Branham, Liddell Crack Mock Draft Top 20

By March 21, 2022 (11:43 am)Basketball, Men's Basketball

It’s officially decision time in Columbus. Ohio State saw its season come to a close on March 20 with a 71-61 loss to Villanova in the second round of the NCAA tournament and enters now into the period of the offseason that will determine its roster – and potentially its outlook – for the upcoming season.

Among some of Chris Holtmann’s Buckeyes, the decisions have already been made, either through the expiration of their eligibility or through a desire to forgo any extra eligibility and move on. In the former group is center Joey Brunk, guards Cedric Russell, Jimmy Sotos and Jamari Wheeler and forward Kyle Young. Brunk, Russell and Wheeler spent just one season with the Buckeyes as graduate transfers, while Sotos did a two-year stint after transferring from Bucknell.

Young, who suffered an injury in the final minutes of the Villanova game, played five seasons with the Buckeyes and used his COVID season of eligibility to return for 2021-22.

“I’ve loved every minute I got to play in a Buckeye uniform and I am so grateful I had the opportunity to compete for this university,” Young shared on Twitter after the game. “I’m going to miss this with all of my heart but want to say thank you for all the love and support over the years.”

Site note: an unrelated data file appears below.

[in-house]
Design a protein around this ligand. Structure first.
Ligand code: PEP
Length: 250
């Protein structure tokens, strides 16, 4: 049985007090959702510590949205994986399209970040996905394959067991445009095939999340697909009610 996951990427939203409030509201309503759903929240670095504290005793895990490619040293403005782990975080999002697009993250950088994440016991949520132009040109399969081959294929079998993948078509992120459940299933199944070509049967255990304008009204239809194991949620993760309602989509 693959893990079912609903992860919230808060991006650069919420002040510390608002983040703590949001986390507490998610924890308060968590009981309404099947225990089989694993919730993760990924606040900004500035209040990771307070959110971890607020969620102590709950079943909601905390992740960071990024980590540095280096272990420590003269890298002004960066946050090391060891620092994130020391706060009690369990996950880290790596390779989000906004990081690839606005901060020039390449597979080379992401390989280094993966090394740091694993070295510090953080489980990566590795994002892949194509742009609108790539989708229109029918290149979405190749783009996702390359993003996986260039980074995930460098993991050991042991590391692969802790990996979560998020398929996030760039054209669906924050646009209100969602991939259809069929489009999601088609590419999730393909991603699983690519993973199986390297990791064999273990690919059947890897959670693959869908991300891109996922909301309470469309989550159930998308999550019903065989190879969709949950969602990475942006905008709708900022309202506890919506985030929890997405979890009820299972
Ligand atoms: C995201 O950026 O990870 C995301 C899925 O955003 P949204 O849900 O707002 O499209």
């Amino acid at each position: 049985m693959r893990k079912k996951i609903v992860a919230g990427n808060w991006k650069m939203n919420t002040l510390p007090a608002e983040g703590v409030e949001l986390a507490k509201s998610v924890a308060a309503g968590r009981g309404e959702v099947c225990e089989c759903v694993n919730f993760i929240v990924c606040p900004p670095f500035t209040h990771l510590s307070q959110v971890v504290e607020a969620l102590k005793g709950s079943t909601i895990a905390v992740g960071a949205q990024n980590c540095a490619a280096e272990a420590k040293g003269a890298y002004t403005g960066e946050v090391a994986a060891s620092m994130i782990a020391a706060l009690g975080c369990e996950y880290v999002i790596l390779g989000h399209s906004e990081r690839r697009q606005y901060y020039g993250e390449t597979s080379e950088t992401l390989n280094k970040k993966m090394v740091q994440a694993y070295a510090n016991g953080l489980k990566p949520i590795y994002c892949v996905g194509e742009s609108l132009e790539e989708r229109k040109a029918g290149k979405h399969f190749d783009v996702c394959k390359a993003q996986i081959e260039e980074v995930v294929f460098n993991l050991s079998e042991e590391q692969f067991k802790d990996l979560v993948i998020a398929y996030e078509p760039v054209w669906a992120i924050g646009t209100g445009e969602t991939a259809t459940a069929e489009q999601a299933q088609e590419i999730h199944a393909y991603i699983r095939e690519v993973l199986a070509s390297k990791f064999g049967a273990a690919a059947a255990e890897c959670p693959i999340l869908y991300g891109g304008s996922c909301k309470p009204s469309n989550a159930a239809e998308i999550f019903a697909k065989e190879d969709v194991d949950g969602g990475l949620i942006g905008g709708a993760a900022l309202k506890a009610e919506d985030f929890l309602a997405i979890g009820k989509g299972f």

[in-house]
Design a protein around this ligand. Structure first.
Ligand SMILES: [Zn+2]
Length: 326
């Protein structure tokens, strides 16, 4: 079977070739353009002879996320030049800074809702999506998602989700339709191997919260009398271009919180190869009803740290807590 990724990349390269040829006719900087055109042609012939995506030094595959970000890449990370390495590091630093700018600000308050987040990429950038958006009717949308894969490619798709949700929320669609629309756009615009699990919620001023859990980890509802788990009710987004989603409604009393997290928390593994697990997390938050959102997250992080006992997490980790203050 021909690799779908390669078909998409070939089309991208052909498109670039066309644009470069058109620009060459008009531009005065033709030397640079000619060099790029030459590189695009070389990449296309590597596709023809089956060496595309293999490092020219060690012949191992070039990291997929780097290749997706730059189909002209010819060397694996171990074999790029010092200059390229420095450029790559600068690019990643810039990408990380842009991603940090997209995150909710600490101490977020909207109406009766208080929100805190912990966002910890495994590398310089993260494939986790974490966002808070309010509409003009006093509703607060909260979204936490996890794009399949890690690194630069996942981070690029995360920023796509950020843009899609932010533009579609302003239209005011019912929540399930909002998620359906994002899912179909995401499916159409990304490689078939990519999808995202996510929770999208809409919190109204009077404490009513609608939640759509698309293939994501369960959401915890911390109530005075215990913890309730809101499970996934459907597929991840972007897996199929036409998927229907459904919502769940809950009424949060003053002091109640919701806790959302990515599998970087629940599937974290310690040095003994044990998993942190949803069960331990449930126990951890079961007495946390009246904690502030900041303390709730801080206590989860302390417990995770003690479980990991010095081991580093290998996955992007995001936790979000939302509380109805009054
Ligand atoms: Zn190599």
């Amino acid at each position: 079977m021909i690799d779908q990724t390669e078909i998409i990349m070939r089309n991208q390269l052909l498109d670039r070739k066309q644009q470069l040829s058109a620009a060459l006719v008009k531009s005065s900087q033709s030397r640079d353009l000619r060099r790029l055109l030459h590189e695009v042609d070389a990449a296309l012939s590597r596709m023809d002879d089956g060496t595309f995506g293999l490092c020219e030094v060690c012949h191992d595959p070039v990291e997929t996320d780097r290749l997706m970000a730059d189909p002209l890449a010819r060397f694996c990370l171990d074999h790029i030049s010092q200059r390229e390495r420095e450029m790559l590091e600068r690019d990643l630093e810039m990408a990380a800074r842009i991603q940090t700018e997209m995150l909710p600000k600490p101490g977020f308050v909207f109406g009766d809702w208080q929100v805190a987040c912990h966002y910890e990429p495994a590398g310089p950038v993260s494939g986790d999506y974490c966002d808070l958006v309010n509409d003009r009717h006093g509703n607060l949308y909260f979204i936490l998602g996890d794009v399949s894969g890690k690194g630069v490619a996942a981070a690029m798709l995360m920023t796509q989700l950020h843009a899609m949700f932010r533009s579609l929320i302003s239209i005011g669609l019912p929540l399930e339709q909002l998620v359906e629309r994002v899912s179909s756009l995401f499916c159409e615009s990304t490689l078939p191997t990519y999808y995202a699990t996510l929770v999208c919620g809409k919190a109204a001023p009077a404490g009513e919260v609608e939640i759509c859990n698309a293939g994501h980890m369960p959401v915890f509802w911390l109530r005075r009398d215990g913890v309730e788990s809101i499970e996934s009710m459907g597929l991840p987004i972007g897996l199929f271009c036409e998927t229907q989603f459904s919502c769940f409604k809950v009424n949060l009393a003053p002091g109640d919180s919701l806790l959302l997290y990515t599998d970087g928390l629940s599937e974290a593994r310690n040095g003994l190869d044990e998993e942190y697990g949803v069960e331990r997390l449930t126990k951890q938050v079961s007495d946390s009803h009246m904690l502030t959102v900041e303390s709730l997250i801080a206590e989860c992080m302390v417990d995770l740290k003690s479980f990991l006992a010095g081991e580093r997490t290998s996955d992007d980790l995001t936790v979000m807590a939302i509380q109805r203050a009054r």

Senior wing Justin Ahrens and junior forward E.J. Liddell slot into the second group, meaning that a return technically is possible but both players have signaled that they plan to depart after this season. Ahrens has a COVID year if he wants it after an up-and-down senior campaign, while Liddell could technically eschew the NBA for a second year and return to Ohio State for his senior – and even super senior – season.

However, with a March 21 ESPN mock draft slotting him in as the 18th pick to the Chicago Bulls and with his statements throughout the season and after that final matchup, a return seems overwhelmingly unlikely.

“I don’t think reality has really kicked in yet that I wouldn’t be able to – this certain group of guys, a lot of guys these last games, older guys, seniors. It’s tough, man. I’m really hurting inside,” Liddell said after that game. “I wish I could have done more to help get it done. This group of guys was really determined. We fought through a lot of adversity and injuries this year. I gave my all this year. I wish I could have done a little bit more, though.

“Right now I’m just reflecting on enjoying the moments I have with these guys, not even thinking about that, really haven’t thought about that process yet. But this one stings. I’m not going to say I have thought about it because I really haven’t. This moment right here, I didn’t want it to happen, ever.”

Entering tournament play, ESPN’s Mike Schmitz praised the Illinois native’s development this season and compared him to players like Draymond Green – a four-time All-Star for the Golden State Warriors – and Grant Williams, who has found a contributing role with the Boston Celtics this season and was a first-round pick in 2019.